Iconic fishing lure had very simple beginning – Toledo Blade
It is the endless journey of any angler, full of excitement and frustration, with fits and starts, Pyrrhic victories and humbling defeats. We seek to think like a fish, so that we might outwit that shrewd German brown trout that refuses to leave its log-strewn lair, or seduce a strike from a largemouth bass that brushes away your offerings like a habitually haughty debutante.
Those very sentiments were likely bouncing around in the head of Lauri Rapala some 80 years ago as he fished Lake Paijanne in his native Finland. Rapala, who would often row 30 miles a day while fishing, and drag a trotline rigged with a thousand hooks, fished to feed his family. He caught perch and pike, netted whitefish, and occasionally landed a trout.
During his many hours on the water, Rapala had the good sense to do what too many fishermen fail to do — he took time to watch what fish do. He saw the predators in the water use the skill of military tacticians to first concentrate minnows into a tight school, and then attack the cluster of panicked baitfish.
Rapala also noticed that, without exception, the big fish then would pick off any minnow that swam irregularly. Any wobble, wiggle, or indication that a baitfish might be injured would send the predator on a full-speed assault. Thinking like a fish, Rapala set out to recreate that trigger mechanism that would induce a big fish to strike.
He used a shoemaker’s knife and sandpaper to whittle away on a block of cork and sculpt his first lure. The tinfoil wrappers from chocolate bars were used to create the surface of the lure, while melted photographic negatives made up a protective layer on the outside of the lure.
The raw materials and simple tools gave his lure its shape and crude cosmetics, but it was the engineering that made it change fishing forever. Rapala designed the lure to float and wobble, and closely mimic the movement of a wounded minnow. As his story is told in the folklore of Finland, Rapala would sometimes catch hundreds of pounds of fish in a single day with that lure he created.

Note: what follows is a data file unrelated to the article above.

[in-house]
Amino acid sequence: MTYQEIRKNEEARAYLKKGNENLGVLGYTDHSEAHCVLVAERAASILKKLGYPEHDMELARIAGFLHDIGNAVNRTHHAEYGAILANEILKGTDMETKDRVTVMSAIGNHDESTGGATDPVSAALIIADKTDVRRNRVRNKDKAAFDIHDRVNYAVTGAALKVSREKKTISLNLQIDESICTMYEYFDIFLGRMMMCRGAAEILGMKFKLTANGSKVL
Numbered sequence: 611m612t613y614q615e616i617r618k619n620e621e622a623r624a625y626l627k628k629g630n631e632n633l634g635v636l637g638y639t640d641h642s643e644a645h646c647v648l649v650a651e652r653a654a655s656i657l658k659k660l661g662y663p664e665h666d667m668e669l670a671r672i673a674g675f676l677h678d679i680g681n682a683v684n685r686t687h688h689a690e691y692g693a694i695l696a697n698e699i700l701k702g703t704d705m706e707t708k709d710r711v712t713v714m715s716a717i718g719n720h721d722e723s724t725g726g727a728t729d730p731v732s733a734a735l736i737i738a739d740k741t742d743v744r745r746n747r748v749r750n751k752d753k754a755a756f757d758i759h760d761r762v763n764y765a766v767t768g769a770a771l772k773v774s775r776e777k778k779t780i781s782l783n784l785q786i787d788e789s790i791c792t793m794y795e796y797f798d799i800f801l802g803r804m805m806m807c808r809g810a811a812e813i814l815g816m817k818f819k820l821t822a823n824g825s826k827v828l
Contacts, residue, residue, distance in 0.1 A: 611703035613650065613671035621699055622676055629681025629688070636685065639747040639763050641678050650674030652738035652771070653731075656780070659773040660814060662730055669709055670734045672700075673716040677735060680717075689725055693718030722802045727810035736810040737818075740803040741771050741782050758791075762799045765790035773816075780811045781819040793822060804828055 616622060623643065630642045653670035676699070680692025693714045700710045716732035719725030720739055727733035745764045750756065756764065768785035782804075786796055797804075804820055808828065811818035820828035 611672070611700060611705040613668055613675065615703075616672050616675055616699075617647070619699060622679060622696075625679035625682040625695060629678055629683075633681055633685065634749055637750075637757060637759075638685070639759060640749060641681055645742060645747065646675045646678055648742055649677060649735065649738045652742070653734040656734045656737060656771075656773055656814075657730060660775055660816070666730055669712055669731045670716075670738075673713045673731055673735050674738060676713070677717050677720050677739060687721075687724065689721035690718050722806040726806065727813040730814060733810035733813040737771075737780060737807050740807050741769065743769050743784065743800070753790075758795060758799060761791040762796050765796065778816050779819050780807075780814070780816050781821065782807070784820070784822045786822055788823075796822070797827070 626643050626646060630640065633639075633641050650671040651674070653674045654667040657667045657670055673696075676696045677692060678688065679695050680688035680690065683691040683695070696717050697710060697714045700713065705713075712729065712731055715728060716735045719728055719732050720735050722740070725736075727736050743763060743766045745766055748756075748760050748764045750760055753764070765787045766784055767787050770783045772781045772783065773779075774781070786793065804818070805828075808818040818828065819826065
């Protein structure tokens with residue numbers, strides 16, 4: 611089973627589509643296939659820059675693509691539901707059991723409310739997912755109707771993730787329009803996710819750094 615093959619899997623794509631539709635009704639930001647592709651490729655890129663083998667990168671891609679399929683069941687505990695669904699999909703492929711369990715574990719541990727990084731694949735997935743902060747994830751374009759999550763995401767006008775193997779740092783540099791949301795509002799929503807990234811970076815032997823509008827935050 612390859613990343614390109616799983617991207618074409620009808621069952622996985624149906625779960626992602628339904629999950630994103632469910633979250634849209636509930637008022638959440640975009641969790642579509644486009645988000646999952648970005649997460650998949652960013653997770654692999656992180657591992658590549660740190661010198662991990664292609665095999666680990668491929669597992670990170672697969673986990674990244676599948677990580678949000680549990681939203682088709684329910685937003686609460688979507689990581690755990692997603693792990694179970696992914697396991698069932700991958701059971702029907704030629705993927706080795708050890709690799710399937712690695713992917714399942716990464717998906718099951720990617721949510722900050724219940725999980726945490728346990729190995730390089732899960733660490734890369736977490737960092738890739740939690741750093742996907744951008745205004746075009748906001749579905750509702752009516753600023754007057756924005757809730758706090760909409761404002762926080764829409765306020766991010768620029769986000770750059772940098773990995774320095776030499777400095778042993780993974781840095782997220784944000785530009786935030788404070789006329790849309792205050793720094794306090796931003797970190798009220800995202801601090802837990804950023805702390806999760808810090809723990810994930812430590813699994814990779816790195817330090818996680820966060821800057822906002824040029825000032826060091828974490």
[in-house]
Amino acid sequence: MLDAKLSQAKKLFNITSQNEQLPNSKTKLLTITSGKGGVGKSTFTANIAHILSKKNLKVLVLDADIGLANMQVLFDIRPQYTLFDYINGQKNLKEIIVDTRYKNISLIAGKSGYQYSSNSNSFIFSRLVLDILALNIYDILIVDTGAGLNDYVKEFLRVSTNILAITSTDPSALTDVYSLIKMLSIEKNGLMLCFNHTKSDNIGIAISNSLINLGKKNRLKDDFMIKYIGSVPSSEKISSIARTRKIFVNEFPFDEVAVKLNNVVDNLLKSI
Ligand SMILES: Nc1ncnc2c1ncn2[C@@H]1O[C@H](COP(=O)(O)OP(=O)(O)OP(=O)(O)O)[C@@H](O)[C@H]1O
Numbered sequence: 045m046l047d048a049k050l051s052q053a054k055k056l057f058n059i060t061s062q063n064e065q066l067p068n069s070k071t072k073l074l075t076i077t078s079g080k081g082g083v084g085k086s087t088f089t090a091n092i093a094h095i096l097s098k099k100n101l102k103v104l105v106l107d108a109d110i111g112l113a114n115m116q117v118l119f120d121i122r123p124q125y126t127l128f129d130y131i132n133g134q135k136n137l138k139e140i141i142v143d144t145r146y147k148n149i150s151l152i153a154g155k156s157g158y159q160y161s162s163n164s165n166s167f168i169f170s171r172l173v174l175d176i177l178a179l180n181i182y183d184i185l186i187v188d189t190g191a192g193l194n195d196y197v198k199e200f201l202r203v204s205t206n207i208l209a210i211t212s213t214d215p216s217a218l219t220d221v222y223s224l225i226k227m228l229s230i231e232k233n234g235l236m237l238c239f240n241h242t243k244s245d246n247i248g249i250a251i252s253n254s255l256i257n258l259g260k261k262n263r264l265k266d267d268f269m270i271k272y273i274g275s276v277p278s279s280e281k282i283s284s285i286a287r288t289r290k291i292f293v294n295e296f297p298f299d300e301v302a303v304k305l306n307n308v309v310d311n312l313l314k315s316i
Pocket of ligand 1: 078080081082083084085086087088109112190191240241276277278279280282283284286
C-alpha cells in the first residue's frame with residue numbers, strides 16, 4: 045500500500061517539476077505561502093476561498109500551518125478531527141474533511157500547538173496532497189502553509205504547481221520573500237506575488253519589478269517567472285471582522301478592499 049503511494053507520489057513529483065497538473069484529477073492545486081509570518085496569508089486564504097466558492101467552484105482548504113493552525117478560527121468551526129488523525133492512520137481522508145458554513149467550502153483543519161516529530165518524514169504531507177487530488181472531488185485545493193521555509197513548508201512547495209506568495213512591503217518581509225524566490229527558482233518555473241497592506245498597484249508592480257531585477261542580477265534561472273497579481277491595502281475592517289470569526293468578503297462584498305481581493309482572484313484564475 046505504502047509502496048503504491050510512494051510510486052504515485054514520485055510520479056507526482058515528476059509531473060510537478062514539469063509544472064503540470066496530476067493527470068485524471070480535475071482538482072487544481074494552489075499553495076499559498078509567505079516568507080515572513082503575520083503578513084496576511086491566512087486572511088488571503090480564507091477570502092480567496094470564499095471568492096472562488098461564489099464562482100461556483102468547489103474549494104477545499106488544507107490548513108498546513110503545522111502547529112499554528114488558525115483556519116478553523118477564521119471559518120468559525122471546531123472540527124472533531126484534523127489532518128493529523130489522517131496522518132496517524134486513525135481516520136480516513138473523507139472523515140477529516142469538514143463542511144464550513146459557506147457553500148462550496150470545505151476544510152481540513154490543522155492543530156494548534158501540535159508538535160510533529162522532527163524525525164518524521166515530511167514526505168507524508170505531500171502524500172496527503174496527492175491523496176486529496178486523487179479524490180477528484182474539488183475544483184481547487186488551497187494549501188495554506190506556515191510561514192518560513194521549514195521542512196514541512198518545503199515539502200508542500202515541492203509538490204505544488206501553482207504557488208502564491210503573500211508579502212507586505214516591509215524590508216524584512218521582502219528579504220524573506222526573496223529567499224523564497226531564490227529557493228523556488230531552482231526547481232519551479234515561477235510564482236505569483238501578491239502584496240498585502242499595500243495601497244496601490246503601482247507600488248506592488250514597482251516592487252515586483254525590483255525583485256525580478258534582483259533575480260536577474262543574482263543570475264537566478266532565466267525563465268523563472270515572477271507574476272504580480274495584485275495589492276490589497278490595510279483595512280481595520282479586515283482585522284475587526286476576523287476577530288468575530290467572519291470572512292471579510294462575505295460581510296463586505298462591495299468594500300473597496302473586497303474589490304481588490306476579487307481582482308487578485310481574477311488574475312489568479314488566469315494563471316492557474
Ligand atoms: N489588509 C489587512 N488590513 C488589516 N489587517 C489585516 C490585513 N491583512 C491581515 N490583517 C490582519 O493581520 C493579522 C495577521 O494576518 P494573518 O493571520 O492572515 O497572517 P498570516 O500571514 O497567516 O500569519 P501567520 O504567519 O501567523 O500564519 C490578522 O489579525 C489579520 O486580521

Lauri Rapala was convinced that although the color, shape, and design of a fishing lure was important, the action was the vital element. So as he made more of his fishing lures, Rapala painstakingly tested each one to be certain it demonstrated the movement of a wounded minnow.
“Our father really understood fishing,” Rapala’s son Risto once said. “He recognized the relationship between bottom structure and where fish are located. He learned how fish fed, and how they moved from one location to another.”
Rapala, pronounced Rap-a-luh, is not his real name. When a very young Lauri and his mother moved to a new village, the clergyman at their parish could not recall their last name so he entered the name of the Finnish village where they had previously lived.
Today, the word ‘Rapala’ is part of the international language of fishermen.
The Rapala in its original form and numerous subsequent variations is the most-used lure in the world. It also holds more world angling records than any other lure. Rapalas are sold in more than 140 countries, and about 20 million are made each year at factories in Finland, France, Ireland, Estonia, and China. Each lure is still tested to assure it has the proper action.
Since 1959, Normark Corporation has distributed Rapala products in the United States, and local fishing tackle supplier Jann’s Netcraft has sold thousands of Rapalas. Netcraft owner Bob Barnhart said that in a business where the competition is fierce and the market has seen a parade of “the next great fishing lure,” Rapala has history, reliability, and a lot of stringers of fish.
“The Rapala certainly has that natural physical appearance, but its success goes much deeper, in my opinion,” he said. “The action in the water is the key. It is just unimaginable to me how this person hand-carved those early ones, and got it to do that kind of action. The brilliance that went into this lure at the start has a lot to do with why it has been such a strong performer for so many years.”
Lauri Rapala died in 1974 and his family continued the tradition of creating lures that met the specifications of the iconic patriarch. By 1988, 100 million Rapalas had been manufactured, and the range of lures the company created expanded. The family sold the company about 20 years ago, and now Rapala USA produces lures, rods, reels, knives, and fishing tools.
But it all started with that one fisherman, and his simple, hand-carved lure.
“That floating Rapala is a staple, and if you check the tackle box of just about any fisherman in any part of the country, you will find one of those in there,” Barnhart said. “I can’t think of anyone I have ever fished with that didn’t have one or two of those in their box. It is one of those things that just always seems to catch fish.”
Contact Blade outdoors editor Matt Markey at: firstname.lastname@example.org or 419-724-6068.